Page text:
An area hospital counted on by many in Lyon County appears to be in good shape despite a recent report that a quarter of Kentucky's 65 rural hospitals are at a high risk of closing if their financial health does not change drastically.
Kentucky Hospital Association President Nancy Galvagni recently told state lawmakers that a study by the consulting group Navigant found that 21 percent of rural U.S. hospitals are at a high risk of closure if their financial conditions did not improve.
"In Kentucky, they found that almost 25 percent of rural hospitals are at high financial risk of closure," she said.
However, Caldwell Medical Center's marketing director said the Princeton hospital is not one of those facilities.
"In the past, we may have been in or close to this category of a facility that is struggling, but I am happy to report that we are in a significant period of growth," said Joe Duncan.
A nonprofit, critical access hospital with 25 beds, Caldwell Medical Center opened as a new facility in October 2009, replacing the 58-year-old Caldwell County Hospital. In the face of all the challenges rural hospitals are facing, Duncan said the Princeton medical facility has adapted in order to stay relevant.
"With a change in management about a year and half ago, our new administration has been working hard to offer the services that best meet the needs of our community by investing in the right tools and personnel for success," he said.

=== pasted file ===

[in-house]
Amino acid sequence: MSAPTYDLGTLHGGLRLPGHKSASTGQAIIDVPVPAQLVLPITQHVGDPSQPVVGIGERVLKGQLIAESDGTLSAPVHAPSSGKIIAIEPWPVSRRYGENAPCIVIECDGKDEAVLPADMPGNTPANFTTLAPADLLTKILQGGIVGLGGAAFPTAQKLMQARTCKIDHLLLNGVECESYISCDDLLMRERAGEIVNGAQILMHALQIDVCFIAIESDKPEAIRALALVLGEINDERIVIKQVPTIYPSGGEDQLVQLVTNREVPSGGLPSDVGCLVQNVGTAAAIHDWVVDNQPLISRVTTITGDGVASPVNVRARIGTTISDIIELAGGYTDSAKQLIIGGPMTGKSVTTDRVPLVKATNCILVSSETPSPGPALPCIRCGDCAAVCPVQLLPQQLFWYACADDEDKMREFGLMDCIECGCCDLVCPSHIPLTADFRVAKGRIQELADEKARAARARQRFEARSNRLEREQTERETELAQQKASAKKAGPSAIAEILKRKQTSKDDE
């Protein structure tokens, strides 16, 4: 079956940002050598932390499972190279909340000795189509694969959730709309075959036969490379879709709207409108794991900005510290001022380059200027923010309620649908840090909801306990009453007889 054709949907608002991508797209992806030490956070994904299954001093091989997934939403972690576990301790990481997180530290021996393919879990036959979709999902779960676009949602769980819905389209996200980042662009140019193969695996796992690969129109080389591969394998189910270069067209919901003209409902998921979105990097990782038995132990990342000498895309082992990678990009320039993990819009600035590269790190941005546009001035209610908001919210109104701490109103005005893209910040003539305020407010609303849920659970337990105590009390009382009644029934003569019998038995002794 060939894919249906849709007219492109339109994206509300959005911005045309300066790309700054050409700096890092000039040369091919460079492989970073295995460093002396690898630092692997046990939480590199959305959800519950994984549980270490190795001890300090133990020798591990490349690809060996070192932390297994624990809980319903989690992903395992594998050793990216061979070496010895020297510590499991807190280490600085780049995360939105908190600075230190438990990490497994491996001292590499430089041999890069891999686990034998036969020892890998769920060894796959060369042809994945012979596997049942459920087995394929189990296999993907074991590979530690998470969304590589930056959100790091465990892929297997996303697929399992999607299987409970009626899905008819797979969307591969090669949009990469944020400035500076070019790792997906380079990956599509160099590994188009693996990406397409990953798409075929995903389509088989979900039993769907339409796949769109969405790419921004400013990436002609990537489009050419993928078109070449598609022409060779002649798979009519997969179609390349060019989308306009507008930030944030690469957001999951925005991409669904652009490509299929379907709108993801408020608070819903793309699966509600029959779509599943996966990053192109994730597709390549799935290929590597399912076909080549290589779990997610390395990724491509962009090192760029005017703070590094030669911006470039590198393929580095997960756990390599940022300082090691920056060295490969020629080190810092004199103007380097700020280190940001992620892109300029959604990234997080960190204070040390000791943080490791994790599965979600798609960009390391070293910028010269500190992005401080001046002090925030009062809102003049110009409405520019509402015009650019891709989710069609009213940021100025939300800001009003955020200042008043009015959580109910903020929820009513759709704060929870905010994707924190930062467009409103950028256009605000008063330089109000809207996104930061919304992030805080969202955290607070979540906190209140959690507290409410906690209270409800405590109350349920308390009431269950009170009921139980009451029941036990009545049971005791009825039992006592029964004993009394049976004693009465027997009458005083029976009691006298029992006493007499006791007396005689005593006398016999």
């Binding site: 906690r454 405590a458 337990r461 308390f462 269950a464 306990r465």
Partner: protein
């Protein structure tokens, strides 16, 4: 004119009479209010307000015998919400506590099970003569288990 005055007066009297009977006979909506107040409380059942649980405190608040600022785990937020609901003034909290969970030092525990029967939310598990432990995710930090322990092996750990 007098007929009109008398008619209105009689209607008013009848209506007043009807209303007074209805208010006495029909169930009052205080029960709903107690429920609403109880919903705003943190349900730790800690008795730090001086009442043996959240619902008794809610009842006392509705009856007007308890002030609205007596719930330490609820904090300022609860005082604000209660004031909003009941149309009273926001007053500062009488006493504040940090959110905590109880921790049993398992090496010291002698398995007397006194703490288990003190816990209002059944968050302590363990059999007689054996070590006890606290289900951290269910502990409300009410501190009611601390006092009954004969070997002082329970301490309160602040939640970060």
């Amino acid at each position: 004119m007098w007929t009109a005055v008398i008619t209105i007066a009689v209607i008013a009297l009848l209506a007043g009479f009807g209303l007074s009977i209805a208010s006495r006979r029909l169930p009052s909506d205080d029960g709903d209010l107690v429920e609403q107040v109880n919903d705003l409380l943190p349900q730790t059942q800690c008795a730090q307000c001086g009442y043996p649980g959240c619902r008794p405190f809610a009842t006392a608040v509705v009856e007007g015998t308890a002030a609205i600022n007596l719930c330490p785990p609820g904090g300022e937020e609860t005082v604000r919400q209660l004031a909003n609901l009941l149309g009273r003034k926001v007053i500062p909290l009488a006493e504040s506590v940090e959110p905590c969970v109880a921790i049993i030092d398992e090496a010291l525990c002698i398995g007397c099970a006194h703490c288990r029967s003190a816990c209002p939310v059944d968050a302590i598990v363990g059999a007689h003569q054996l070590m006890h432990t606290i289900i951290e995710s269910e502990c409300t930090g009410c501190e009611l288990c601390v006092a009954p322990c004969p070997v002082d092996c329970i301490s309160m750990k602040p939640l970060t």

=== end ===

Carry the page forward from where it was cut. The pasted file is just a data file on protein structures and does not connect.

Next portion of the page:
In fact, Caldwell Medical Associates offers family practice clinics in Fredonia and Princeton; surgical, cardiology and orthopedic clinics; and internal medicine and pediatrics.
Galvagni noted there are 13 of Kentucky's 129 total hospitals most at risk of closure. Those institutions represent 2,500 jobs and more than $240 million in wages.
Also, nearly 1,000 patients each day would have to find another place to find treatment if they closed, putting them further way from critical treatment.
According to the Cecil G. Sheps Center for Health Services Research at the University of North Carolina, 113 hospital have closed nationwide since 2010, including five in Kentucky.
"It is true that there are a myriad of issues facing rural hospitals that create systemic sustainability issues that, unfortunately, can and are leading to facility closures across the state and our nation as a whole," Duncan points out. "Though our organization's outlook is brighter, we are not unsympathetic to the issues facing our fellow rural healthcare providers."
One of the biggest issues rural hospitals face, Galvani said, is federal reimbursement rates for such programs as Medicare and Medicaid, which are below what it costs to provide the services. According to Galvagni, Medicare, which is important to rural hospitals, only pays 90 percent of actual costs. Medicaid pays about 81 percent. But either is better than patients with no insurance who cannot pay for their treatment.
Duncan said Caldwell Medical Center CEO Dan Odegaard recently hosted a community roundtable with U.S. Sen. Rand Paul to discuss these and other issues negatively affecting rural health care.
"Our administration is taking a proactive stance to advocate directly to the federal level for real attention to the concerns surrounding rural health care in our state," Duncan said.
(Kentucky Today contributed to this story.)